The American River College pool - where junior Rebecca Waterson has her morning practices - is lit by both stadium lights and the moon, an "ominous" sight. (Photo used by permission of Waterson)

CHLORINE CHRONICLES: Morning swim practice brings the darkest hours

The 4:40 a.m. drive to morning practice is long, and as I look out the window, the dim glow of street lights turns the trees lining the road into aberrations, twitching and pulsing with the wind.

As I walk into the pool enclosure to put my bag down before I trot to the gym, I can’t help but catch sight of the witch’s brew of the pool. Dead bugs and crumbling, crunching skeletons of leaves float haphazardly in the water.

“Really? Do you really want to be here? That looks cold, and practice is probably going to be hard,” whispers an inner voice that seems to resonate from the shadows, dimming the stadium lights of the pool. I shiver; it was feeling a lot colder all of a sudden. But at least the gym is warm, and as the swimmers filter in, my coach starts writing out the set on the whiteboard at the front of the room.

“Alright, everyone, run to the parking garage, up the stairs, across the top floor, down and up the stairs on the other side, back across the top, down the stairs and back to the gym,” he begins. As he continues to explain our complex workout, a web of shadows starts to expand across the room.

We trudge outside into the inky dark of early morning, legs wobbling at the thought of the stair sprint ahead of us. A clamp of doubt clenches my gut, and out of the shadows, I hear, “You won’t make it.”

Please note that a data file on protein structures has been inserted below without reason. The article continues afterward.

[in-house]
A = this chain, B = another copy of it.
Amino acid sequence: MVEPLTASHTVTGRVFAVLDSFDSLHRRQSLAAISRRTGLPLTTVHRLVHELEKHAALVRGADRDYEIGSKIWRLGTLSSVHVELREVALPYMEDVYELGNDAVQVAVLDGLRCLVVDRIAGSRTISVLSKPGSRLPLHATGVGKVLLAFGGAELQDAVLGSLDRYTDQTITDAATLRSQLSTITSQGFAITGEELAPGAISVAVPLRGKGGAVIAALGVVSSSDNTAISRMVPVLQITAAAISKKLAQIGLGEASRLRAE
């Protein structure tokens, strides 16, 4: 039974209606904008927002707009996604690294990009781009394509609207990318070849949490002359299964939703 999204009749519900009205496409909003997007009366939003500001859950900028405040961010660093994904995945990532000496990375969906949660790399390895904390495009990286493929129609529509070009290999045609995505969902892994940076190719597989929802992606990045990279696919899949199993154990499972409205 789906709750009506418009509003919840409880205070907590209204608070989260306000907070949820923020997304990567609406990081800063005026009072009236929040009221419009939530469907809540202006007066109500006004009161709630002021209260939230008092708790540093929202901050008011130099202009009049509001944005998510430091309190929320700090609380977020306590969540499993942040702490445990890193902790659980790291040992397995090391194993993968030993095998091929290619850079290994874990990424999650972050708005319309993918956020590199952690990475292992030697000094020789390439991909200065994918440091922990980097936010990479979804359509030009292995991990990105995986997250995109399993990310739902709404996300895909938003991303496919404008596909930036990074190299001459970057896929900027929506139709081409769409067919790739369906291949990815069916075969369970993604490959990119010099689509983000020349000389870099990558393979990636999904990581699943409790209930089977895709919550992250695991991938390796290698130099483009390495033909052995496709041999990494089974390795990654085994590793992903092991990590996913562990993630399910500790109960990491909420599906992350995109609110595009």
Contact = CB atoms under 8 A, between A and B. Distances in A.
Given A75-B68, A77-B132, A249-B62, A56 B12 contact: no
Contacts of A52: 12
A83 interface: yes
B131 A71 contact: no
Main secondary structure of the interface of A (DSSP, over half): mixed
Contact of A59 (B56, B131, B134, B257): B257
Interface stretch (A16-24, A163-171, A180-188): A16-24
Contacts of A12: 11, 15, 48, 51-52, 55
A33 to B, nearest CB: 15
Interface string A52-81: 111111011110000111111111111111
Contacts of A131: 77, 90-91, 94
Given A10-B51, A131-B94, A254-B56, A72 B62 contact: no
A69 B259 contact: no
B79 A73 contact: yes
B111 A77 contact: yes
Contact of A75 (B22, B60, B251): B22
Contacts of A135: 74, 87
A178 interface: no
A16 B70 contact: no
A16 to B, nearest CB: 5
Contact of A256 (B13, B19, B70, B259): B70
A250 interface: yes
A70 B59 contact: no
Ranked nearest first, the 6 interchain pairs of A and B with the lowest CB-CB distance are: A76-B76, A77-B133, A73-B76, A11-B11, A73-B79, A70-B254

I shake that thought out of my head and replace it with one of the songs stuck in my head, “Talk Too Much” by COIN. With each footstep, I hum an out-of-tune series of notes from the song, drowning out the shadow’s little whispers.

The jet-black sky turns into a murky gloom as we run toward the parking garage with its flickering orange lights hanging on the walls. All is quiet except the continual patter of footsteps on the stairs and the wheezing of a dozen fish trying to run out of water.

The parking garage run is a struggle, but as everyone starts the trek back to the gym, breathless banter breaks out, filling the damp, chilly air with gasping laughter. But shadows still stalk the group, slithering across the ground to lurk in the corners of the gym.

Reminded of the challenge set ahead of us, I notice the shadow tendrils reaching out, circling one of my teammates, engulfing her in a haze.

“I don’t want to do this,” she says, shoulders slumped in defeat before we’ve begun the main workout. Another shadowy arm reaches out and wraps around the teammates closest to the first victim, and they, too, start to whine. A tentacle starts to tickle my sneaker; I try to brush it off, but it wraps around my ankle.

Coach starts the clock, and we begin our 50 burpees. The shadows flit from person to person, a festering ball of darkness that latches onto each person’s head as it passes by. A third of the way through the workout, the gym is shrouded in a menacing dark mist. I focus on the 80’s music blasting from Coach’s speaker, the pulsing of the music starting to force the shadows back into the corners of the room.

“Come on, guys, halfway through!” someone shouts, and the shadows reluctantly retreat fully into their corner. A few whoops come from the crowd, no longer a flopping group of deep-sea fish but a group of athletes powering through a set.

The trees on my walk to school three hours later are blazing beauties, their leaves falling lazily in a shower of ruby and bronze. Nothing remains of the creatures I saw that morning.

—By Rebecca Waterson

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